The major difference being that politics is wholly under our control whereas it is highly doubtful that our minuscule effects on any factors involved in the global climate would have any impact at all.
So the next time someone charges me with being a “denier” I want to know; Who’s really the denier? The one who maintains the climate is and has always been changing or the one who thinks there is some sort of “golden age” of climate stability we should try to preserve?
My posts on positive feedback loops (here and here) have engendered some interesting discussions, particularly at Collide-a-scape and Die Klimazweibel. While many are pondering the points I raise, most of the “insiders” don’t like the idea of “IPCC dogma.”
What did I mean by dogma? As per the Wikipedia, “Dogma is the established belief or doctrine held by a religion, ideology or any kind of organization: it is authoritative and not to be disputed, doubted, or diverged from, by the practioner or believers. . . The term “dogmatic” is often used disparagingly to refer to any belief that is held stubbornly.” The issue of dogma is tied to how dissent is dealt with.
(new text) Dogma refers to “belief”, it does not refer to the source of the belief. The Christian Bible is not dogma, but it can provide the source material for dogma. In same way, the IPCC Reports are not dogma, but can provide the source material for dogma. Dogma is in the eye of the beholder: both the person that holds the belief and is intolerant of dissent, and in the eyes of the dissenter, who perceives dogmatic intolerance. This is not something that you objectively prove.
And further down in her post she gives some examples of what we should expect if climate science were not plagued by the sort of dogmatic beliefs that are elsewhere decried (and rightly so) as being anti-scientific.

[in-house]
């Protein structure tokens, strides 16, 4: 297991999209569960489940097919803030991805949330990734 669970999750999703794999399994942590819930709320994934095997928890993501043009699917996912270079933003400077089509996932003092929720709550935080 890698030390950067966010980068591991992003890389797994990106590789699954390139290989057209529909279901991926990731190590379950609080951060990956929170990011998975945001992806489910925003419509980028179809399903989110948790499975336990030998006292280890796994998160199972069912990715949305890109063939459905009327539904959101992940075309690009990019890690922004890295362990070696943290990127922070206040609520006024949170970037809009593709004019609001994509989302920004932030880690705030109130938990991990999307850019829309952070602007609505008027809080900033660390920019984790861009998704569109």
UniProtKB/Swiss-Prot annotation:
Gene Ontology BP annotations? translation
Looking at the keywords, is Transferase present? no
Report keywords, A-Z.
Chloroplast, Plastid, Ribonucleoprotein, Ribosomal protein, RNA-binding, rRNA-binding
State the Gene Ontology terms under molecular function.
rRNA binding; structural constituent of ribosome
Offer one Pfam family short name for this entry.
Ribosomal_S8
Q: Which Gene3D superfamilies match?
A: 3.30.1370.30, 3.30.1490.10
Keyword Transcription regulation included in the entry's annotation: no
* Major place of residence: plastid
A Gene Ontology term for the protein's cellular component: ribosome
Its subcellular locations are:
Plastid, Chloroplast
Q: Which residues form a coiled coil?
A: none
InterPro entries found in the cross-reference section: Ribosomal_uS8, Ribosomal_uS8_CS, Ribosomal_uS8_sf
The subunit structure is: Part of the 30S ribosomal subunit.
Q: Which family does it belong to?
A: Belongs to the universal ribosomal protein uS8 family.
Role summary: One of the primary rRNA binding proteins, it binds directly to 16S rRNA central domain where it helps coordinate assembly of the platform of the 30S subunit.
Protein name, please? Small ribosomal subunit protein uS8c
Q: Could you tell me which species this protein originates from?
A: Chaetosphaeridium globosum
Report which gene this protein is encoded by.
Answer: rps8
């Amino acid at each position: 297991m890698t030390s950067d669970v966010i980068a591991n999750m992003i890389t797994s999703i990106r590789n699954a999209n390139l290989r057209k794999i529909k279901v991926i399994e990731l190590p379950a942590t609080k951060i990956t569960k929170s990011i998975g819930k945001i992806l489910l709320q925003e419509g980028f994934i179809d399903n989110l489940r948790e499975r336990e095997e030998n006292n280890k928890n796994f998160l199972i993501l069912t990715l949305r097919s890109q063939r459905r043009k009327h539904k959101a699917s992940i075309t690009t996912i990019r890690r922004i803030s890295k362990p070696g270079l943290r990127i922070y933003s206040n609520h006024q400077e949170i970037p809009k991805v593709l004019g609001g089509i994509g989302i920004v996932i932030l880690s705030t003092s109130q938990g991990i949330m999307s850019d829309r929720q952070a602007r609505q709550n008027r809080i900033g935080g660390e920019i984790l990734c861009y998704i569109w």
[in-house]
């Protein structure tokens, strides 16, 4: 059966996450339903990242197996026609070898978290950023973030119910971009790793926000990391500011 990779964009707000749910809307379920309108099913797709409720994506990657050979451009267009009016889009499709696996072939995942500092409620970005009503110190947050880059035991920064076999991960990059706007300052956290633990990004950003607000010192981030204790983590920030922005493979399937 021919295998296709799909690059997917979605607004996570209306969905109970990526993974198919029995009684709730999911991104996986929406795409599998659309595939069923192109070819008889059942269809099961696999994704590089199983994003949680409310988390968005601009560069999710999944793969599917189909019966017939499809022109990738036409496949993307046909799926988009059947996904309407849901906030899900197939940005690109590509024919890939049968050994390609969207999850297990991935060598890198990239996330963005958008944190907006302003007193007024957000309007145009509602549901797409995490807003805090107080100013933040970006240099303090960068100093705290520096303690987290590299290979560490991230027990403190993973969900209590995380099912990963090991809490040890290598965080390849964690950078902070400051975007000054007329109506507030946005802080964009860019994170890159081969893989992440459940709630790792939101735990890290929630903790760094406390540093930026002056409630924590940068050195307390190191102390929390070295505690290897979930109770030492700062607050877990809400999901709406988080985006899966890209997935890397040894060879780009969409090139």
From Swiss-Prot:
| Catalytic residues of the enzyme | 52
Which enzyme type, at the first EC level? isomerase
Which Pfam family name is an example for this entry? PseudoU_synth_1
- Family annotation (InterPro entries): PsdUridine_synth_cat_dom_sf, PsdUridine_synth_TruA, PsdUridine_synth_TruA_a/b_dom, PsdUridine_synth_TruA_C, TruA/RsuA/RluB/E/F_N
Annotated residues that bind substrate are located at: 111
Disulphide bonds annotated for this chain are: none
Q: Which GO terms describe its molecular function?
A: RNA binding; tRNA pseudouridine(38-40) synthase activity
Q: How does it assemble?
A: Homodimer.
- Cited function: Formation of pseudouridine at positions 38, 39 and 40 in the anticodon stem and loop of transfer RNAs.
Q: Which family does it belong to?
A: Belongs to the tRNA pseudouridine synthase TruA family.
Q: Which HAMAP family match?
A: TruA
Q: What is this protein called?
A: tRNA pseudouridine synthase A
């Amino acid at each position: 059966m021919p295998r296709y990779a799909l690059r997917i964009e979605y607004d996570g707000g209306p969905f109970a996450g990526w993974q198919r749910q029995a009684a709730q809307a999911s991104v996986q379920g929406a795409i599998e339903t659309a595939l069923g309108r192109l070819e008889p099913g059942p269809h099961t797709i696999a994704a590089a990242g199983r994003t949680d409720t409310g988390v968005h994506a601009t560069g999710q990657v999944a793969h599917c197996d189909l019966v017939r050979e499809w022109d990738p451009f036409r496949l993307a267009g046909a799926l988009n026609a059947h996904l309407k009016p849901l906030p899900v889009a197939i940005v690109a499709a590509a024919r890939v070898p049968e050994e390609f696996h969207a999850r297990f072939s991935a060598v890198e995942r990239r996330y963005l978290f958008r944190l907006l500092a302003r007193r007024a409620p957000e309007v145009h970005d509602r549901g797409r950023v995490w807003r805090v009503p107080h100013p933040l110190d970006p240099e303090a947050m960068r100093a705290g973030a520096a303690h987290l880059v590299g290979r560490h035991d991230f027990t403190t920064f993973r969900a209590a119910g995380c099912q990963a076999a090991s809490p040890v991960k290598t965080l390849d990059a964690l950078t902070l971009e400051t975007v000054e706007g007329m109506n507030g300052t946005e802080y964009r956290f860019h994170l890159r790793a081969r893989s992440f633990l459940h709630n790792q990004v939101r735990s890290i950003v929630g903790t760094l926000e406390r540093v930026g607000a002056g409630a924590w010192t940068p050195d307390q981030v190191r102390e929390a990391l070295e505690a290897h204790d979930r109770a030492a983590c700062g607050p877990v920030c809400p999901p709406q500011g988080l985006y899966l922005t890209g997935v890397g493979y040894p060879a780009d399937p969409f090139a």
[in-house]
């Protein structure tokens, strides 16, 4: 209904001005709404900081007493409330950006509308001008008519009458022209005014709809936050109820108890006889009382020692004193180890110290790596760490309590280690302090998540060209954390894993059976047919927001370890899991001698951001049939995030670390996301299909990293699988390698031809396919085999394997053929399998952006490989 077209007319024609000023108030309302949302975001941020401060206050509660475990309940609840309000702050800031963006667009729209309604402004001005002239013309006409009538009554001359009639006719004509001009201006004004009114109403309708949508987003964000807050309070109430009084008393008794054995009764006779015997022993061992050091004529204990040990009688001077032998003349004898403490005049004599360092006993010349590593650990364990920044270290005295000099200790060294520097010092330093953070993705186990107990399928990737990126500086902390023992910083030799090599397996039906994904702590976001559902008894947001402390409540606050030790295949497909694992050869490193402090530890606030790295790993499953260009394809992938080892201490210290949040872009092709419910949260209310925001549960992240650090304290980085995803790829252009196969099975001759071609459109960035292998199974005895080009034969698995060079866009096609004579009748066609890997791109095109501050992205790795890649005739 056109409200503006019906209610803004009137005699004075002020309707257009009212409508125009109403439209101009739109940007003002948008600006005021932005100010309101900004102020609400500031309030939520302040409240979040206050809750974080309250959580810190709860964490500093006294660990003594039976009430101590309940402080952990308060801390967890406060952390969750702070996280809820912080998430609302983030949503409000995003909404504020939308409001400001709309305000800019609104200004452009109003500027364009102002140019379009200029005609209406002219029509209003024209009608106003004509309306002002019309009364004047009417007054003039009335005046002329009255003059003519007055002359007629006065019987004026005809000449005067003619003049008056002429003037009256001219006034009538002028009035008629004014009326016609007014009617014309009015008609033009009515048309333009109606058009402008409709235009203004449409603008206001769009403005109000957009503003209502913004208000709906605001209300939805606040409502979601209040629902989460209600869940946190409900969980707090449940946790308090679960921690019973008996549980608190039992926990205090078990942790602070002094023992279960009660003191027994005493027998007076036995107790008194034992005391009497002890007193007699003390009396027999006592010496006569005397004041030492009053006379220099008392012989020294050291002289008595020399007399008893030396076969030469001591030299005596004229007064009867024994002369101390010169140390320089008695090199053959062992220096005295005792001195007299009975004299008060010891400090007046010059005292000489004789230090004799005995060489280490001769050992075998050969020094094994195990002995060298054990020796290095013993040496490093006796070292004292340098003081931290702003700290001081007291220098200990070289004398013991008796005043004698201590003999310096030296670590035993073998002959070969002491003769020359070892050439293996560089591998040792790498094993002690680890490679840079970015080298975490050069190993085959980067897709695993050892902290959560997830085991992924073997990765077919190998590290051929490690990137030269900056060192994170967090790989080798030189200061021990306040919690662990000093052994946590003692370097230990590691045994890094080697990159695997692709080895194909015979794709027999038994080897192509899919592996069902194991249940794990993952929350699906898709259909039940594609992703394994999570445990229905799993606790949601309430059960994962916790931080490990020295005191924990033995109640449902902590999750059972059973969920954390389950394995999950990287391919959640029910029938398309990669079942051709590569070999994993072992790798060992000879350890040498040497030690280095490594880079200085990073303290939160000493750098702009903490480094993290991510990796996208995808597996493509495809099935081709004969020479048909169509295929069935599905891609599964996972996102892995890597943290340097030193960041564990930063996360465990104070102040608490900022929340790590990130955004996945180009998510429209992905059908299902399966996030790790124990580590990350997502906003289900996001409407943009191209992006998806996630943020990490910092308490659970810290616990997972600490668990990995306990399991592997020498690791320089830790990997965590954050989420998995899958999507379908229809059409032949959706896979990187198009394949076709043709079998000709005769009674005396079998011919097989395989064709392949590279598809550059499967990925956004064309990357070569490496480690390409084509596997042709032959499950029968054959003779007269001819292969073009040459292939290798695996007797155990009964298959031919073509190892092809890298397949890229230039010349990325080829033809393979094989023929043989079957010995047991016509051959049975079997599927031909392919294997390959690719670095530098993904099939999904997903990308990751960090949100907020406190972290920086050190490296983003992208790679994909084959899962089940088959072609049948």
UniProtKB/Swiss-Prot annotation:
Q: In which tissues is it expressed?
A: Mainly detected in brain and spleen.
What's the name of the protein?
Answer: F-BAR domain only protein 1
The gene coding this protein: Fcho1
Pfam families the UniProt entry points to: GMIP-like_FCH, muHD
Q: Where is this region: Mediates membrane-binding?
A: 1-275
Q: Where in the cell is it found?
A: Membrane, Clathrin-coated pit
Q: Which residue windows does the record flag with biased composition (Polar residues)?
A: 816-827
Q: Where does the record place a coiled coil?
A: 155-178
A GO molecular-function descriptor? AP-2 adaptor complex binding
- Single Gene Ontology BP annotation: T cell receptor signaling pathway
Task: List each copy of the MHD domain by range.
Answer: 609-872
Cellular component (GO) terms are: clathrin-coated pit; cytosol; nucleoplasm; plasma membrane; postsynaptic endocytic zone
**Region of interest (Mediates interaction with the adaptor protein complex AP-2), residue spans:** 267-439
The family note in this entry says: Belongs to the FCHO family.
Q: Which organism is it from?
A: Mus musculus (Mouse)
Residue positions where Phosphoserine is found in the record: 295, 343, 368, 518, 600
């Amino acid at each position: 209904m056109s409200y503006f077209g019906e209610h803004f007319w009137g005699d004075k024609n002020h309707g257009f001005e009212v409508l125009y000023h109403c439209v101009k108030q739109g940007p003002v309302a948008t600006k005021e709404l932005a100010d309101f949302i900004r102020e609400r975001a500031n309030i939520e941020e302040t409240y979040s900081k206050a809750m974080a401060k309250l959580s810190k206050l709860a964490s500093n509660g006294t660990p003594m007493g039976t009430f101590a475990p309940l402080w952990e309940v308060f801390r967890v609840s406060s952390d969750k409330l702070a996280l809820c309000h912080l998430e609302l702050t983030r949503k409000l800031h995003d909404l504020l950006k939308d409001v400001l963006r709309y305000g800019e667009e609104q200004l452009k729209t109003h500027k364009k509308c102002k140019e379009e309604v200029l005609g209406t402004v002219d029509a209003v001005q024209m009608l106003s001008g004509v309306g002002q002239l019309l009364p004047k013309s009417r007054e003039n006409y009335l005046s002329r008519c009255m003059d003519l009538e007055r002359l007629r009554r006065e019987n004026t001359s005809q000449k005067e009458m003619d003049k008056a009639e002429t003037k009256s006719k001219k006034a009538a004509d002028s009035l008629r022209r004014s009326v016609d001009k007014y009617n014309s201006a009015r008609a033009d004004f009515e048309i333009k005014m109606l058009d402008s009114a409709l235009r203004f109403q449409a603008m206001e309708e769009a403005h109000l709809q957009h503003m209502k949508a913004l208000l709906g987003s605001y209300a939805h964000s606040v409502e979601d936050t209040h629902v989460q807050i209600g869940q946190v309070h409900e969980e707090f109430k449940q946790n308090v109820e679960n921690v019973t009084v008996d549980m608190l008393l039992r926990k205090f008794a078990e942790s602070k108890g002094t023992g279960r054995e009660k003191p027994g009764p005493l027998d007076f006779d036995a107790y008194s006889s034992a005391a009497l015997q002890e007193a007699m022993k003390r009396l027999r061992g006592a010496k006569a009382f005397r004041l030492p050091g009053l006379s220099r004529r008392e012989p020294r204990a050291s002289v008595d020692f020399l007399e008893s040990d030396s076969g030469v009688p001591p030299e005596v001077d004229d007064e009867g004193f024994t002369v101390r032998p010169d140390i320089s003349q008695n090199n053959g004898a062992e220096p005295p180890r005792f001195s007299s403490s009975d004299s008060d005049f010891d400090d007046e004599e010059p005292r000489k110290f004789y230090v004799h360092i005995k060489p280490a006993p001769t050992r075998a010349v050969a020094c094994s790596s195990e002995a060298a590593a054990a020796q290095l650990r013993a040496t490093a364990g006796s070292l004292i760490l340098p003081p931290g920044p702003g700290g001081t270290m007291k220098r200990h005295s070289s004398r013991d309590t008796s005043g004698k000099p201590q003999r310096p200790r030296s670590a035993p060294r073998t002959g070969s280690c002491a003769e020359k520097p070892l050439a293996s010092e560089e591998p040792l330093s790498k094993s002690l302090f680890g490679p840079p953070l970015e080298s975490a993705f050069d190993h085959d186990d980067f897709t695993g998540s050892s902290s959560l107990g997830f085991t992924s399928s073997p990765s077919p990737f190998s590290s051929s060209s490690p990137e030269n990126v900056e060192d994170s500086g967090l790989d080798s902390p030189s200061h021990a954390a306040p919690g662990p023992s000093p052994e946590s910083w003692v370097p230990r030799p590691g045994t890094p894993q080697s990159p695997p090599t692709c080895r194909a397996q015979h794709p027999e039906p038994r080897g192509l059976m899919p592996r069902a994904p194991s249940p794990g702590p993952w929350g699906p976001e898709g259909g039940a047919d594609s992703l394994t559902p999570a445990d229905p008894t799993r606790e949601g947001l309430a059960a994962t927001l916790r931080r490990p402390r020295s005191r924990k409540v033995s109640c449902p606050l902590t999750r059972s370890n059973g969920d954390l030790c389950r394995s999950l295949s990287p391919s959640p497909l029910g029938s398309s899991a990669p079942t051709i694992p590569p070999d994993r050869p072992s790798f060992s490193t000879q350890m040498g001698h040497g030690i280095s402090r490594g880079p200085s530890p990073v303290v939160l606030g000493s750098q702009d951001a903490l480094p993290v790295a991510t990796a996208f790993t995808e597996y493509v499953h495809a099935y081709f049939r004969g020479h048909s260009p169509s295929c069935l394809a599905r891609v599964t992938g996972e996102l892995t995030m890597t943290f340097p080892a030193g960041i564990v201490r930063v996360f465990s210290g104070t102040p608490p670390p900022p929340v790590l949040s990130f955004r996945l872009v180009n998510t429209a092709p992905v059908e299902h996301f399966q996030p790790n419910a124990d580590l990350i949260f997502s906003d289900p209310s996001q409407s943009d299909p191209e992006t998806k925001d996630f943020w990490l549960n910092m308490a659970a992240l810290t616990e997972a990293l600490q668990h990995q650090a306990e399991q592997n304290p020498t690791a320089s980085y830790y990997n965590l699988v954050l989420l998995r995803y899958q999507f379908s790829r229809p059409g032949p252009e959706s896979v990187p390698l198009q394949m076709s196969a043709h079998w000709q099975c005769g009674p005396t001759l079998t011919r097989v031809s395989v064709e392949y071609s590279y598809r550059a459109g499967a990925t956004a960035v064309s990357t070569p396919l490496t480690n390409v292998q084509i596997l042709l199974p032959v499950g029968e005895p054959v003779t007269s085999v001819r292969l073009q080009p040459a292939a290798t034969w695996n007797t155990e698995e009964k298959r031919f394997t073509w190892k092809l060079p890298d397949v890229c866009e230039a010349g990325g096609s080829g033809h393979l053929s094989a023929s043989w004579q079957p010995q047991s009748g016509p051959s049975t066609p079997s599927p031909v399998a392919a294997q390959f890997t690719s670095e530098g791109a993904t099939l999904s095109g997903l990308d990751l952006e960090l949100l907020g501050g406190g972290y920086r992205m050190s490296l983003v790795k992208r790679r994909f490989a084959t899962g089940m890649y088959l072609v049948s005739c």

Well, lets try this. In 2010, lets assume that there are very very few climate scientists left that regard the IPCC as dogma. What might this look like?
no petitions signed by members of the IPCC or national academy members
Nature and Science not writing op-eds that decry “deniers”
no climate scientists writing op-eds that decry the “deniers”
no climate scientists talking about “consensus” as an argument against disagreement (argumentum ad populam, h/t Nullius in Verba)
IPCC scientists debating skeptics about the science
climate scientists stop talking about cap and trade and UNFCCC policies because the science demands that we do this
no more professional society statements supporting the IPCC
One of the great things that happened as a result of climategate is that many people started waking up to the fact that scientists have cognitive biases too and that they are not immune to the same sort of group-think and cultish attitudes that plagues all areas of human existence.
Christians in particular should pay careful attention to the climate change fiasco and take careful notes. The same sort cognitive biases which have led many nations (including the US) down a path of spending billions on dubious (at best) “fixes” for an imaginary problem have also been at play when it comes to other issues like Darwinian evolution. Like anthropogenic global warming, proponents of Darwinian evolution, “deniers” of Darwinian evolution are not treated to facts, and their doubts are not taken seriously. Instead, they are ostracized, ridiculed, and expelled.
This goes back to something Czech President Vaclav Klaus said in his talk at the Global Warming Policy Foundation in London this week:
It is not that simple to tell who is and who is not a climatologist or an expert on climate change and global warming. Ross McKitrick once said that there is no such thing as an expert on global warming, because no one can master all the relevant subjects. On the subject of climate change everyone is an amateur on many if not most of the relevant topics.
Reminds me of Michael Crichton’s favorite rejoiner to the arguement from scientific consensus. Consensus is not science. Any time someone attempts to persuade us with an appeal to either the authorities or the majority we should reach for our wallets because we can be sure we are being conned.